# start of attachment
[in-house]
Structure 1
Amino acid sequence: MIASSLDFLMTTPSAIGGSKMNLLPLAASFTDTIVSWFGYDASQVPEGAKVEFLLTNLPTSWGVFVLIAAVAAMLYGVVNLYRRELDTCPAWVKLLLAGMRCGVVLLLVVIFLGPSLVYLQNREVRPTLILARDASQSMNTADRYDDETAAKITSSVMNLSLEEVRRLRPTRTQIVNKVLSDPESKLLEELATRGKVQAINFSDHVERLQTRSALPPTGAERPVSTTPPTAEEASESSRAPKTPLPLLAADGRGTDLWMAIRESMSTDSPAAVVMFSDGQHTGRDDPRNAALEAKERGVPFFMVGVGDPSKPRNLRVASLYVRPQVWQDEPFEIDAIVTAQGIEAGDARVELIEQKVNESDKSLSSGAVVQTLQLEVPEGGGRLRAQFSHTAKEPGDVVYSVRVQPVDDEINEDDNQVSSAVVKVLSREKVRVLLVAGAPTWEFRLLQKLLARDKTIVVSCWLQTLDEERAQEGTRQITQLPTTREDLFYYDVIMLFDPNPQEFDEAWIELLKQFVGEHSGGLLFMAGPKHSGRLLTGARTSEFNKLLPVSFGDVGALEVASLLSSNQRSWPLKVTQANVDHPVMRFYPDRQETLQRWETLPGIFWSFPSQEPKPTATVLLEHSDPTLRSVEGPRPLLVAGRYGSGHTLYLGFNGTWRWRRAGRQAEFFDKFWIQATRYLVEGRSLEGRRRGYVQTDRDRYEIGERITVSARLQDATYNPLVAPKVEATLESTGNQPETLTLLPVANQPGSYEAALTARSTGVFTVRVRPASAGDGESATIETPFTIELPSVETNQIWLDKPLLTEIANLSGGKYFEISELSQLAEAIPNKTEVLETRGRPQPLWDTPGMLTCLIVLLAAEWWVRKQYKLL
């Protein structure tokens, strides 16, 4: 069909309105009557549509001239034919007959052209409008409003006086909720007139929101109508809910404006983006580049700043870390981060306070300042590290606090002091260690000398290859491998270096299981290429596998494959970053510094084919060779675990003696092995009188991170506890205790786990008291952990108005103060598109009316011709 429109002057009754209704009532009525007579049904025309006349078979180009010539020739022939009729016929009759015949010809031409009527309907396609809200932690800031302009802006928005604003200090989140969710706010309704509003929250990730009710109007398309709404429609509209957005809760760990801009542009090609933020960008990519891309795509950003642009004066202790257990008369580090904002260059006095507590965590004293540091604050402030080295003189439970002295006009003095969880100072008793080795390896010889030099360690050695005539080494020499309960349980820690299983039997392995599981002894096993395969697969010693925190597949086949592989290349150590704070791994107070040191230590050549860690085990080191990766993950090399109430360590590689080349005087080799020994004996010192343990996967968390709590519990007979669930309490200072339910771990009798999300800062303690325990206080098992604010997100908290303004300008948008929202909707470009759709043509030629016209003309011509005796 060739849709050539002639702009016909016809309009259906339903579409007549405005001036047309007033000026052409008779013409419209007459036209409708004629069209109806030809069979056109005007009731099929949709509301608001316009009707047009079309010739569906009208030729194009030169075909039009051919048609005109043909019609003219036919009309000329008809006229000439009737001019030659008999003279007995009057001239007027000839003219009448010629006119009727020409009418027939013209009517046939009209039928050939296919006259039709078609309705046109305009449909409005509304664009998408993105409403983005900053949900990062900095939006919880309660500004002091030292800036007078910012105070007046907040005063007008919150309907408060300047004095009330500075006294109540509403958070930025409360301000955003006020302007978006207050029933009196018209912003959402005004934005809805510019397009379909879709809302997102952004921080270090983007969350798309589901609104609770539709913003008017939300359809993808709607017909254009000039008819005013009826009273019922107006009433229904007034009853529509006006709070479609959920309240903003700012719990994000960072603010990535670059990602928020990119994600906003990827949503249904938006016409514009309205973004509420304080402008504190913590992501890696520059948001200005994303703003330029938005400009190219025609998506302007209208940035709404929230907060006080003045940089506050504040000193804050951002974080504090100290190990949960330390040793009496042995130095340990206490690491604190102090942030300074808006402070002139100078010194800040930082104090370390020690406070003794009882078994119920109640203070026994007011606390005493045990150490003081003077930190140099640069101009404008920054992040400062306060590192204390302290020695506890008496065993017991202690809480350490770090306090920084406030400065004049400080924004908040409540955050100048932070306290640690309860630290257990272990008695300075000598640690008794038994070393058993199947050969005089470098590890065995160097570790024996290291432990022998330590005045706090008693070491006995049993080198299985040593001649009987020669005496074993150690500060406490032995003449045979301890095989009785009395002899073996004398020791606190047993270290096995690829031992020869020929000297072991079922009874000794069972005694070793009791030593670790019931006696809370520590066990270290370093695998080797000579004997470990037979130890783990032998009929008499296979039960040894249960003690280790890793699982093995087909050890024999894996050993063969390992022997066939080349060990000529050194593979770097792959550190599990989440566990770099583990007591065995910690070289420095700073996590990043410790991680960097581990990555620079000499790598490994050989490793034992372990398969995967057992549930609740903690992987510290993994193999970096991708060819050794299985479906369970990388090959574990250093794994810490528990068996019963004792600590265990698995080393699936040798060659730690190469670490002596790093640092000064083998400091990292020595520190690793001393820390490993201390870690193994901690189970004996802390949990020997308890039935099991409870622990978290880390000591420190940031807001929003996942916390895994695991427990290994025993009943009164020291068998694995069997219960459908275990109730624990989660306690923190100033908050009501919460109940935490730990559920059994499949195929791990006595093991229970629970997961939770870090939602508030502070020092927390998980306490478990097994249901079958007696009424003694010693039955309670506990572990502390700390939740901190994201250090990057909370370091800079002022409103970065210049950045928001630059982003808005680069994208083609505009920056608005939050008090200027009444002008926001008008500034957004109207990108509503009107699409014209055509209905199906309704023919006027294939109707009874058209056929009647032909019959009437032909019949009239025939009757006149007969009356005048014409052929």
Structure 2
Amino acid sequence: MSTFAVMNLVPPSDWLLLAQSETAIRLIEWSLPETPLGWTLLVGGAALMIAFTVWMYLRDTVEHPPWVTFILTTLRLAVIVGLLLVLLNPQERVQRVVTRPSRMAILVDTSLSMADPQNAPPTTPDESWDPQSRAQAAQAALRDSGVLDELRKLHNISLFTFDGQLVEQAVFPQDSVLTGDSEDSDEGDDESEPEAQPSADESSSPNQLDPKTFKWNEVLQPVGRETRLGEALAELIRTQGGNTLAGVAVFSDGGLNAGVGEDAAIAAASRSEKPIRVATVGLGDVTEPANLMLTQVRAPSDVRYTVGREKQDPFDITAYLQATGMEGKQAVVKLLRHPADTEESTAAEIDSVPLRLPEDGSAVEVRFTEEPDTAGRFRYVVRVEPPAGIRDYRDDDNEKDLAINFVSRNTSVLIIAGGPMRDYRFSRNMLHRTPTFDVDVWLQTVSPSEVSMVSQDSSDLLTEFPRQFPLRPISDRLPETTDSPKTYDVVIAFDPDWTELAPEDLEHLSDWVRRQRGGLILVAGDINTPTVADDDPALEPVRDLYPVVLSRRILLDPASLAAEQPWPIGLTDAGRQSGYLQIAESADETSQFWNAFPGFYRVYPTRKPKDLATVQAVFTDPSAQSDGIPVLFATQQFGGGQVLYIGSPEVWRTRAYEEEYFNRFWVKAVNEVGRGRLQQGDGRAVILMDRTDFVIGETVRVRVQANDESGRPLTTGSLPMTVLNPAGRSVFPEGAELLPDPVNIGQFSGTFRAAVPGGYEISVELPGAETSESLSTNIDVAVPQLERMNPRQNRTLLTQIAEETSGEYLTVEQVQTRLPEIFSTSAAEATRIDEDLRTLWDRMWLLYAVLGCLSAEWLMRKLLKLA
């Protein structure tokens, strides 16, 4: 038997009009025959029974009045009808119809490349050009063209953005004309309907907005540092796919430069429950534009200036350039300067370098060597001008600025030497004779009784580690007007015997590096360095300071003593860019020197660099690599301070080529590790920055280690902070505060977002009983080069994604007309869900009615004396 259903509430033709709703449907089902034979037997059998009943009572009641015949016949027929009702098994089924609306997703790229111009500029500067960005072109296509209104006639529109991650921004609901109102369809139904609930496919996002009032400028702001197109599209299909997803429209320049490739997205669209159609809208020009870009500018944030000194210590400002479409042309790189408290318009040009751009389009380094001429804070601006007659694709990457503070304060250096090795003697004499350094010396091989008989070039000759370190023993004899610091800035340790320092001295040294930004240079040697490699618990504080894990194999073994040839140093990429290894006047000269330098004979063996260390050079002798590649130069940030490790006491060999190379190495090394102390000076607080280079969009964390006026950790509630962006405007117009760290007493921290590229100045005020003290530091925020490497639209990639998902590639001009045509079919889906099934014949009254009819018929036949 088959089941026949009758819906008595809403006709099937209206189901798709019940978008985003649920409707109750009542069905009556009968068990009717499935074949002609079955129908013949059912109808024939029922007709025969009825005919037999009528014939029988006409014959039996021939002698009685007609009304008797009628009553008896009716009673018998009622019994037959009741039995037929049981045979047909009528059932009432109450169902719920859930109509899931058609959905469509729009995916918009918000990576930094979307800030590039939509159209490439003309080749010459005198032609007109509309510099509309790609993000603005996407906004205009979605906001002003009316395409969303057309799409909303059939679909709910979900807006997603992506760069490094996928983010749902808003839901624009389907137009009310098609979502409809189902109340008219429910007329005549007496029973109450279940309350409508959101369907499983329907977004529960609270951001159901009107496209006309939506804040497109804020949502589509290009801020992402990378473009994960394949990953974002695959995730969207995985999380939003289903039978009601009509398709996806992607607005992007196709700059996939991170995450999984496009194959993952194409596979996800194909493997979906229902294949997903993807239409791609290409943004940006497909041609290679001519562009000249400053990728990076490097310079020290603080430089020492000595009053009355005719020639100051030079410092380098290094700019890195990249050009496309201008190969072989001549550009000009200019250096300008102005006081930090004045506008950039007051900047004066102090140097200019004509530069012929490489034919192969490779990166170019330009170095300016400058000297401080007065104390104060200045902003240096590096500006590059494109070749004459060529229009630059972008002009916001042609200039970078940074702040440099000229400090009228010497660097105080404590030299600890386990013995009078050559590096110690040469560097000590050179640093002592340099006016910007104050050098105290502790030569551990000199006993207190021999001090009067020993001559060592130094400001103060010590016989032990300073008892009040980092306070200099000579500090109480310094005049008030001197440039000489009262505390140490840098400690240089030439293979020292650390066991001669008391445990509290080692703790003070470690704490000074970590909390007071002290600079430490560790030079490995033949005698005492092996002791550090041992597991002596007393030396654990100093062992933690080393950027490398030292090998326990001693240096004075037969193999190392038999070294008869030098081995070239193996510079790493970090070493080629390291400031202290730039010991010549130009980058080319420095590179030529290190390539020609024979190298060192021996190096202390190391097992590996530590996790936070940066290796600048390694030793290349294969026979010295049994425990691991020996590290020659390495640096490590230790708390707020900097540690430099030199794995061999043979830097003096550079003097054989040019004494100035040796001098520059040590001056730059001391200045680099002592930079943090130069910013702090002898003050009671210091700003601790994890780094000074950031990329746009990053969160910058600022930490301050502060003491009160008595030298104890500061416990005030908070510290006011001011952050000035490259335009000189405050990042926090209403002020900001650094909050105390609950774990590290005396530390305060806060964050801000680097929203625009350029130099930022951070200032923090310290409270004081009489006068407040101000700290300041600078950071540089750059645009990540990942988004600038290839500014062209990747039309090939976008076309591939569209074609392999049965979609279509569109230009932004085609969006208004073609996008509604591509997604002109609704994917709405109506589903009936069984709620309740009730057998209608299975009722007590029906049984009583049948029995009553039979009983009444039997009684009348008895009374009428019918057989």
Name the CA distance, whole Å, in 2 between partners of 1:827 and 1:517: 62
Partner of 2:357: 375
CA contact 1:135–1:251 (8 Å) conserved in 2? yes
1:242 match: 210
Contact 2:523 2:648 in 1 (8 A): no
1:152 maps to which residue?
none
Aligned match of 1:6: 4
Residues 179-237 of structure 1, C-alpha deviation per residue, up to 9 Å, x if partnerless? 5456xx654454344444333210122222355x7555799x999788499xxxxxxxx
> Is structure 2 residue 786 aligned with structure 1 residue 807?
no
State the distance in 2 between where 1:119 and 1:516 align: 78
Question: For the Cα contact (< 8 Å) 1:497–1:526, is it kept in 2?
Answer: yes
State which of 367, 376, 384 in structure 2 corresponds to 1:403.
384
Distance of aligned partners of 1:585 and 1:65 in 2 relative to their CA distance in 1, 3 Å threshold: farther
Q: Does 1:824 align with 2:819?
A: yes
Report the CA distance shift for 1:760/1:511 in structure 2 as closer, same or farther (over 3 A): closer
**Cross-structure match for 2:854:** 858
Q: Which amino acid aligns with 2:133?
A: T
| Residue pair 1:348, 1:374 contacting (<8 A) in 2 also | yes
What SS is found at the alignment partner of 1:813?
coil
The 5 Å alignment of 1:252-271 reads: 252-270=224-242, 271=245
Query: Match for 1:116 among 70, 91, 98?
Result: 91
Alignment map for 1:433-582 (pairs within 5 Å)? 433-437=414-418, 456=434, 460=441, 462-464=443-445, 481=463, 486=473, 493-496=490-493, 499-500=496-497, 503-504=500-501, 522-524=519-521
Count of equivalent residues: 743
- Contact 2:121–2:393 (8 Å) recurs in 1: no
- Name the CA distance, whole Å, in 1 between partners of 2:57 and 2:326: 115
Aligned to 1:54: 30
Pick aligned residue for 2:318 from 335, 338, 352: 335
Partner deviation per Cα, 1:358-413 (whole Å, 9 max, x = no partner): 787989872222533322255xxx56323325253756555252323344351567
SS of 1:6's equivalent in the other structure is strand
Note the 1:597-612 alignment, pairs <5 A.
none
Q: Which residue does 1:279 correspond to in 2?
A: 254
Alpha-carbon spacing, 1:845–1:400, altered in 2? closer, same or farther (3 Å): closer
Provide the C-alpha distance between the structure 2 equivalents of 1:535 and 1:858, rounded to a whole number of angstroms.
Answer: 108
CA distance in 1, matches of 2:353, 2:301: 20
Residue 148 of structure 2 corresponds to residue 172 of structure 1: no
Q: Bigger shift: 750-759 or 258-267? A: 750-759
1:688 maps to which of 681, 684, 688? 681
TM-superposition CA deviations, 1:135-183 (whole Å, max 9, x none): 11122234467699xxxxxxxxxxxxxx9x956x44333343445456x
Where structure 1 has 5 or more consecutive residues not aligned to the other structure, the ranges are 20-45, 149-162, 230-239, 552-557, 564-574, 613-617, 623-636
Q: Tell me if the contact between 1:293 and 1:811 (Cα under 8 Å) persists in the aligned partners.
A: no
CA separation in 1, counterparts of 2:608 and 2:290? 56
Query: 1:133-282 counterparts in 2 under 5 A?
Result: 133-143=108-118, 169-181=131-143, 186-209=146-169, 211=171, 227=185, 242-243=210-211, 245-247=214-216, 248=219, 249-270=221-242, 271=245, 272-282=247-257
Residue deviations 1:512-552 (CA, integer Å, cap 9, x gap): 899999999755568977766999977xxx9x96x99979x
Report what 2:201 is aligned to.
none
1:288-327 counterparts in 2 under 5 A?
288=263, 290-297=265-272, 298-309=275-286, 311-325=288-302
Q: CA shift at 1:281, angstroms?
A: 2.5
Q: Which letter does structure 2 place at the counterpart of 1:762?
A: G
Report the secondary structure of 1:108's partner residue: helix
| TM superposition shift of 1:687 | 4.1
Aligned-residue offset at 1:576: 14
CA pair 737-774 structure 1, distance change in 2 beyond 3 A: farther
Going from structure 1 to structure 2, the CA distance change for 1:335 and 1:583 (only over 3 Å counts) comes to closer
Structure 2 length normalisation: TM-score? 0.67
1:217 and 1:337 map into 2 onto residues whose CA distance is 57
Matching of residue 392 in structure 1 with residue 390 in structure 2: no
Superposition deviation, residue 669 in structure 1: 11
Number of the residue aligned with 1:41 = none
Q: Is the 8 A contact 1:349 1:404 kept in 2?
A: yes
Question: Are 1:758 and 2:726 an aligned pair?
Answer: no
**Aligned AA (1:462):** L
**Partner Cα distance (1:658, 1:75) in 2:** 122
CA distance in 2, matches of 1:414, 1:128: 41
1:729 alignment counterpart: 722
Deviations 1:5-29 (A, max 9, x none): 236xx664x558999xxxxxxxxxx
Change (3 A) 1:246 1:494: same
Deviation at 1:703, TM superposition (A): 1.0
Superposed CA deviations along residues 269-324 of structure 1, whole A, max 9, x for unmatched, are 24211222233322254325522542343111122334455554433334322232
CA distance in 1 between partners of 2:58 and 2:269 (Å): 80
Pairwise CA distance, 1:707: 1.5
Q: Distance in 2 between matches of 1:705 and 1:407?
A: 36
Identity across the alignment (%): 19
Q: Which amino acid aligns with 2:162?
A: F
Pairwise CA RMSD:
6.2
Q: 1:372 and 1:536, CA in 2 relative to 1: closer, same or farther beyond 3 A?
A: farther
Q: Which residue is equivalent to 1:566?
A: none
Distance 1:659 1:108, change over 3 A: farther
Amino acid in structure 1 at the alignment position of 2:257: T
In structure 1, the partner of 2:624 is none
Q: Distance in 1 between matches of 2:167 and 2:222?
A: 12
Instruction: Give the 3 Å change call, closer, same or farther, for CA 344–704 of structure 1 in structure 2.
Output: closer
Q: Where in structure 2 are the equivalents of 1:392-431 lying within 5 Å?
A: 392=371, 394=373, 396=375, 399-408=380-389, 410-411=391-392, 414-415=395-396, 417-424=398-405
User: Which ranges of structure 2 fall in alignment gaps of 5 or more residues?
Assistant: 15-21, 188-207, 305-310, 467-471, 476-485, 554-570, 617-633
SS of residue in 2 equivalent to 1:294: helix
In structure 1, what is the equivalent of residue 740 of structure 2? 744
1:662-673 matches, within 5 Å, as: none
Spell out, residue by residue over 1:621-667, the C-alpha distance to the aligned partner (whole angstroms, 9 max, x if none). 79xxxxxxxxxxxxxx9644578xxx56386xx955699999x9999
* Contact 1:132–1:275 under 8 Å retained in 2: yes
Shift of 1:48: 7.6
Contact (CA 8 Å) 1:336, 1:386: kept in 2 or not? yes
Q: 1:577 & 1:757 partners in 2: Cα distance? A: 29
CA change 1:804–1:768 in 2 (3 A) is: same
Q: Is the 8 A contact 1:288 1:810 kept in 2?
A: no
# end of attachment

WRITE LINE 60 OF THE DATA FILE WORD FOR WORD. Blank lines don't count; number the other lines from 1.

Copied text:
CA separation in 1, counterparts of 2:608 and 2:290? 56